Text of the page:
If your income is already well-above that level, you might want to consider using a backdoor Roth IRA.

What Is a Backdoor Roth IRA?

Despite the nickname, the backdoor Roth IRA is not something dodgy. It’s a completely legal process of switching from another retirement saving account into a Roth IRA. 

If you’re a high-income earner, you can get over the Roth IRA income limits by first making non-deductible contributions to a traditional IRA. After that, you can roll over the traditional IRA into a Roth IRA. Because this operation doesn’t count as a contribution, there are no income limits for it.

Keep in mind, in September 2021, the Senate started to review the existing legislation, so this loophole might be closed in the future.

How to Do a Backdoor Roth IRA Conversion

Person filling-out an online Rollover IRA form

For an individual investor, a backdoor Roth strategy is not complicated. Most brokers and banks can do all the paperwork for you. Here are the steps you will need to take.

1. Open a Traditional IRA Account

You can open any traditional individual retirement account or even use one you already have. There is no limit to how many IRA accounts you can have. So if your broker doesn’t offer a Roth IRA conversion, you can simply open a new IRA with a brokerage that does. 

2. Make Your Traditional IRA Contributions

You can contribute pre-tax (deductible) or after-tax dollars. It doesn’t matter because you will still need to pay the taxes for deductible money when you convert into a Roth IRA.

3. Open a Roth Account

You could open a new Roth IRA with the same broker or a different one. Initially, this account will be empty, and you won’t be able to make direct contributions if your income is above the limit. 

4. Rollover the Traditional IRA Into the Roth IRA

Request your traditional IRA administrator (i.e., your brokerage or bank) to do a direct rollover, which is also known as a trustee-to-trustee rollover. Your IRA administrator will provide all the required documents and will deposit the funds into your Roth IRA within 60 days.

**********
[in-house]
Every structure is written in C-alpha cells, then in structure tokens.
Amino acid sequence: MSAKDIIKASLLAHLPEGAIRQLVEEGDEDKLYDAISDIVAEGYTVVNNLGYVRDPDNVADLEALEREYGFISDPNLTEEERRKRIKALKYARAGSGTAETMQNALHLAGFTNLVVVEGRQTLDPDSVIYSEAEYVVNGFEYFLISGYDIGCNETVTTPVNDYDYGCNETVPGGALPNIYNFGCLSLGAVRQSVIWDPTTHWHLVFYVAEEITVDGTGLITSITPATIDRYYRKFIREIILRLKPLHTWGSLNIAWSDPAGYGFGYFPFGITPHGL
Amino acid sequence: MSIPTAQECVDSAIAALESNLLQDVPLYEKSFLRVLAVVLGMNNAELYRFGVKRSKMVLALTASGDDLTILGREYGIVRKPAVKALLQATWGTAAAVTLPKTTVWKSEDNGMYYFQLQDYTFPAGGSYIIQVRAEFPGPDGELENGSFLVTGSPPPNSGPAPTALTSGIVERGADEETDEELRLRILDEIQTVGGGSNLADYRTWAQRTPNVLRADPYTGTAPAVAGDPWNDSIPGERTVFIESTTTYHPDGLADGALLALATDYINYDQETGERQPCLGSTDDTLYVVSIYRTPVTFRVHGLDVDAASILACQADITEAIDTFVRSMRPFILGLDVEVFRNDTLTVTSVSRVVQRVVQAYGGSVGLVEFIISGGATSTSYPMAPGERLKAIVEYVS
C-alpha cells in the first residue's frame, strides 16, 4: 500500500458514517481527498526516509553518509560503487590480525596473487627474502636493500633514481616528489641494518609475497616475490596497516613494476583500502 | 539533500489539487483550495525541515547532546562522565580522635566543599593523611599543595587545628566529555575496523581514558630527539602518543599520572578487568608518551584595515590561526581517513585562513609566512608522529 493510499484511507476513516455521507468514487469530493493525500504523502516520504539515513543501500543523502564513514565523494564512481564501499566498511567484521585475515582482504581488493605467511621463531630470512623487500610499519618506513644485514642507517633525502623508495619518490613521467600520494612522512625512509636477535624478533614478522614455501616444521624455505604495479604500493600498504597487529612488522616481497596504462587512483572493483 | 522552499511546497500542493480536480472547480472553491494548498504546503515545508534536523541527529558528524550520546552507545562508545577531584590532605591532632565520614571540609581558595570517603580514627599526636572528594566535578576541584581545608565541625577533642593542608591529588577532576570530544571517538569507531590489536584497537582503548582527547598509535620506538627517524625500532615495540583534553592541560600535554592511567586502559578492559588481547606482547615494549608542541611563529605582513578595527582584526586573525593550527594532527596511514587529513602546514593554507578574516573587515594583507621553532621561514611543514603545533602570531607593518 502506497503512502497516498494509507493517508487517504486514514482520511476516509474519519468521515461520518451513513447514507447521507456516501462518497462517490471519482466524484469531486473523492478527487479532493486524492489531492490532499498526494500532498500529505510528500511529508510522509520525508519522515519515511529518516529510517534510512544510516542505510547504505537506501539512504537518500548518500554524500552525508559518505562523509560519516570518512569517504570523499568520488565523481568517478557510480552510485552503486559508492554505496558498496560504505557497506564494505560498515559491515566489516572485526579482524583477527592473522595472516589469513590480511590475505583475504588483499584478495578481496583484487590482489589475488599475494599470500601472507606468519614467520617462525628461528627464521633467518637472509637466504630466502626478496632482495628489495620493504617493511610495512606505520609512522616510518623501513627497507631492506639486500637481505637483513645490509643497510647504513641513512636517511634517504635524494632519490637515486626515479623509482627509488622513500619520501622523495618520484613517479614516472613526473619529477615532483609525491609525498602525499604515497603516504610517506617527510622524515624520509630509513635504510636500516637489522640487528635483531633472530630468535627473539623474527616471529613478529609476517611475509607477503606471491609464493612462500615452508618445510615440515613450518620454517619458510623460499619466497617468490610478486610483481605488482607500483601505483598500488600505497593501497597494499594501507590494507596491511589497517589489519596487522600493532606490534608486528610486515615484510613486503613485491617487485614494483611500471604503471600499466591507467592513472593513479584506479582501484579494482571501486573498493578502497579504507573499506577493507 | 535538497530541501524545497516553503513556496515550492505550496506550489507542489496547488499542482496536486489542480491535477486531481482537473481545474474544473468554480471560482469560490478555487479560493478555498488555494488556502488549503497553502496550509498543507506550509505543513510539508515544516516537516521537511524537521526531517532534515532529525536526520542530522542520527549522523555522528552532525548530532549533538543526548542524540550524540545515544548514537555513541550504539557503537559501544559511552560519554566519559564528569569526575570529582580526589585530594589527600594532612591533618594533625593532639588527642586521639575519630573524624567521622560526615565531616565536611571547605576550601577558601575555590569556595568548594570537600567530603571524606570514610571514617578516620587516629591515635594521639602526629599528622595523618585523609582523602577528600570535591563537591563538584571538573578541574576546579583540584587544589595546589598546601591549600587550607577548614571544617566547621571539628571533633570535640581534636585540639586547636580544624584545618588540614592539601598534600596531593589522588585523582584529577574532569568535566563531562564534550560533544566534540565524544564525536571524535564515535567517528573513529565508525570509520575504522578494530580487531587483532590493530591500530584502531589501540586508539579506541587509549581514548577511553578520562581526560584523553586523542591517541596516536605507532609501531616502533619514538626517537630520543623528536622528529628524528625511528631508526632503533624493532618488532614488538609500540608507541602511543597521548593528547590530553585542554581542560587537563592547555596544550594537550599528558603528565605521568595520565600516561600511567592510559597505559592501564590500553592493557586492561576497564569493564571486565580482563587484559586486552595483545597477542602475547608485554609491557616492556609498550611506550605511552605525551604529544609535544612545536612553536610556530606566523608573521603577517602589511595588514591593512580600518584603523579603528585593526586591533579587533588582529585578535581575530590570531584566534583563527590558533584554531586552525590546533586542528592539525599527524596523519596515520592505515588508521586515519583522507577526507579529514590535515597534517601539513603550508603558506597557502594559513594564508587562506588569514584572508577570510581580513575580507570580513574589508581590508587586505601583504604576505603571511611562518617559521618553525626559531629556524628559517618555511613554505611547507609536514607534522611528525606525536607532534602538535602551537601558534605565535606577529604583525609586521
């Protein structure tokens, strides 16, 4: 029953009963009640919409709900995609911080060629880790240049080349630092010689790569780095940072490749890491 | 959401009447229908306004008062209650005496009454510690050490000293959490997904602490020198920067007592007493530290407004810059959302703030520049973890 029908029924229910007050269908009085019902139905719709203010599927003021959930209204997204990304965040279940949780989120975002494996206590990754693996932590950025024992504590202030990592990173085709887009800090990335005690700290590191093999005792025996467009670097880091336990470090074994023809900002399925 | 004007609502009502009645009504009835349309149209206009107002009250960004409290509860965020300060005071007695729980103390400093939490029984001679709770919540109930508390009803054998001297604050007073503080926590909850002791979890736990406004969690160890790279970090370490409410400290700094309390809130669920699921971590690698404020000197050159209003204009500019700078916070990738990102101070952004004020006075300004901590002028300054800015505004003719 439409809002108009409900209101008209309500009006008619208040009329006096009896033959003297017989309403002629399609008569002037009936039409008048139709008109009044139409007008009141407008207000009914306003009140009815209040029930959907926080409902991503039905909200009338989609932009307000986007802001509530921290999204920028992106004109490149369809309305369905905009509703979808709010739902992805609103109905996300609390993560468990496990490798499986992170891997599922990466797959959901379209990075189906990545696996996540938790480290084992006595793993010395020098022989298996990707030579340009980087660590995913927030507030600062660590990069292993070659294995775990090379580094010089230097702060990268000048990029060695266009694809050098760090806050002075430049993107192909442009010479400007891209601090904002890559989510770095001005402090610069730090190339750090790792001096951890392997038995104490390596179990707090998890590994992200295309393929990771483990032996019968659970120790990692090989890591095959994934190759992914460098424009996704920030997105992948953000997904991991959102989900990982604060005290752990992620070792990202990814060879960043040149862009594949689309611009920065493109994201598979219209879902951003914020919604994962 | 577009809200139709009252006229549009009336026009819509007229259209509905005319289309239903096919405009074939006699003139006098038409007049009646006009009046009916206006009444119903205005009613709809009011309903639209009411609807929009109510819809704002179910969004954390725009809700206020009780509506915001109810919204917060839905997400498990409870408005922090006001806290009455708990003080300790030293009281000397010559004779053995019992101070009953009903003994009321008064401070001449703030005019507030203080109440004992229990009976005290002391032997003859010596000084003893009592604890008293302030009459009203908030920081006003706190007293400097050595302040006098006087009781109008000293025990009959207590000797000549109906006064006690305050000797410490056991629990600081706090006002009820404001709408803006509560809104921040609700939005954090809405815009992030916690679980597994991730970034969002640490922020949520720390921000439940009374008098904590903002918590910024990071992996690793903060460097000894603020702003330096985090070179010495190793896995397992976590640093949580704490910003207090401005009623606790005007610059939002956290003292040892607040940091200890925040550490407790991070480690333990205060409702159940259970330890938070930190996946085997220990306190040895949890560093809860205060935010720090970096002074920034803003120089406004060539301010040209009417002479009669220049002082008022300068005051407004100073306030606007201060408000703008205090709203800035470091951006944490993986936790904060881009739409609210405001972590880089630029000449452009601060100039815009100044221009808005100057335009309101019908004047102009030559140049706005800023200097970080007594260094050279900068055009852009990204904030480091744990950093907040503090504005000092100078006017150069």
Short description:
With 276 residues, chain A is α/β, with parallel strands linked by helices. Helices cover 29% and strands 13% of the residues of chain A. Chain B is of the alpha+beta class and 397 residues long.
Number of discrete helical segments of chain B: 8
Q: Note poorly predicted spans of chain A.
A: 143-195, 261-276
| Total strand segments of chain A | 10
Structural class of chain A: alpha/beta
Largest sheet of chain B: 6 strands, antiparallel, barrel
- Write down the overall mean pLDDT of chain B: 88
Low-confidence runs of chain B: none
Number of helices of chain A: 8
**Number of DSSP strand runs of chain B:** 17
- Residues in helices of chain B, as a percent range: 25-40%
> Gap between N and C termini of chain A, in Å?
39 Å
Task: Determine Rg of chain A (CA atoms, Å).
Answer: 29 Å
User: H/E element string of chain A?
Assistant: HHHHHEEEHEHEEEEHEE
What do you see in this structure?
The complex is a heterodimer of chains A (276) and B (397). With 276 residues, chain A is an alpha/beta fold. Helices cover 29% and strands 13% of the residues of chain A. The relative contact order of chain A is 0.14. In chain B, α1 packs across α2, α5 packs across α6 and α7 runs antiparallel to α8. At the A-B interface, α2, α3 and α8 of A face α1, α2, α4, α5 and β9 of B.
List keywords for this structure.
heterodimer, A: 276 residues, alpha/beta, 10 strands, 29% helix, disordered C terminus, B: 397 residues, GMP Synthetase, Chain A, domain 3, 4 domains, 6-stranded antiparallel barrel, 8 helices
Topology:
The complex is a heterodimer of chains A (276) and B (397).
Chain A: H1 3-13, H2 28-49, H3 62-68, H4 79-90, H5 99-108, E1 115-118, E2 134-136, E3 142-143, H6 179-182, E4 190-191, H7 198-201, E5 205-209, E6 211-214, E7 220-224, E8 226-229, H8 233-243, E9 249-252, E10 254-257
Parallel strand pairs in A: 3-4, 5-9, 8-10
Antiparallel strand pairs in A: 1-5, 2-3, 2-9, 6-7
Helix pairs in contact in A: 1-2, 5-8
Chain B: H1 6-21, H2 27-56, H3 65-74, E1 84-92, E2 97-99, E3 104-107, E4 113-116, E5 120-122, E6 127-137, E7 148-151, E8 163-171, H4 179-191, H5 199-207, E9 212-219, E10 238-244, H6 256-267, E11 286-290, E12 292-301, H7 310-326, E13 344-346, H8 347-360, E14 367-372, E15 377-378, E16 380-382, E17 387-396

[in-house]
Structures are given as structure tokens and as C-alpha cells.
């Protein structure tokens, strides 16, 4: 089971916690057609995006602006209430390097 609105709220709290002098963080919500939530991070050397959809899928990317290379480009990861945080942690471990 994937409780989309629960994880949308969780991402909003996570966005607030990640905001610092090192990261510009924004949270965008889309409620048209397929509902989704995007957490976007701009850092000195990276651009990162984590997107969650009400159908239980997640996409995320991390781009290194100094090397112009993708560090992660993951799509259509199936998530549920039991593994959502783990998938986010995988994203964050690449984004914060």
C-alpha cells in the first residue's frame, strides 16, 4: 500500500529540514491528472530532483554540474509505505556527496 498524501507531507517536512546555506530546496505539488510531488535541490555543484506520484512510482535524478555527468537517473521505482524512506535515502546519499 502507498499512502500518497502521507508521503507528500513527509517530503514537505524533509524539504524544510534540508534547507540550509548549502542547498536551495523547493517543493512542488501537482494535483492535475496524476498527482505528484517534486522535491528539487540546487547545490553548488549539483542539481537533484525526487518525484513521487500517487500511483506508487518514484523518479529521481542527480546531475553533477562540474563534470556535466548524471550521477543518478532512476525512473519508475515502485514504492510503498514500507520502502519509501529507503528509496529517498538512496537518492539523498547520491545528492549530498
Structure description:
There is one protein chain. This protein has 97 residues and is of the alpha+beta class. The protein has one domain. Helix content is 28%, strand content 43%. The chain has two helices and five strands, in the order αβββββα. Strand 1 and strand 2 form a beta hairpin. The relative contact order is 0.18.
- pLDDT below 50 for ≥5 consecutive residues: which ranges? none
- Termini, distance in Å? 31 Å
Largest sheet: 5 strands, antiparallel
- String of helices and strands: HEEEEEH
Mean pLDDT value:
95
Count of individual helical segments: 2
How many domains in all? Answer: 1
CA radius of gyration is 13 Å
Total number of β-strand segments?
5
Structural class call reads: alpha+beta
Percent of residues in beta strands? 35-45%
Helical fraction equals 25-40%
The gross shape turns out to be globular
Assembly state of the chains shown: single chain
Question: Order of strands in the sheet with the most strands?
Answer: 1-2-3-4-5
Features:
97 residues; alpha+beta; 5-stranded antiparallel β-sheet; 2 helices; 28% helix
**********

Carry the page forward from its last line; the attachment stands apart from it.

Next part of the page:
5. Pay Taxes

​If your traditional IRA contributions were tax-deferred, you will need to pay taxes on the money when you roll it over.

A rollover is not considered a Roth IRA contribution. Instead, the IRS will view it as income. Keep this in mind, as this might push you into a higher income tax bracket on your tax return. A good idea might be to roll over just enough to stay in your lower tax bracket. You’ll also want to be familiar with the pro-rata rule

6. Keep the Money in the Roth IRA for at Least Five Years

When you use the backdoor Roth, a five-year rule will kick in. If you withdraw funds within the first five years, you will need to pay a 10% penalty. You might also end up with additional taxes to pay. After five years, however, you can withdraw tax-free money just like you would from a regular Roth IRA.

It’s important to check with your financial advisor because a backdoor Roth IRA might result in tax implications, either when you do the rollover or if you withdraw funds early. 

Over the long term, however, a Roth IRA is a great way to build a retirement portfolio without paying capital gains tax. 

Lay the Foundation for Your Retirement

In this article, we’ve explored the differences between traditional and Roth IRAs and then outlined how you can use a backdoor Roth IRA to create a tax-free account, even if your income is above the limit.

The great thing about a Roth IRA is that you don’t need to worry about future tax bills. You can keep both dividend stocks and growth stocks and just focus on growing your portfolio.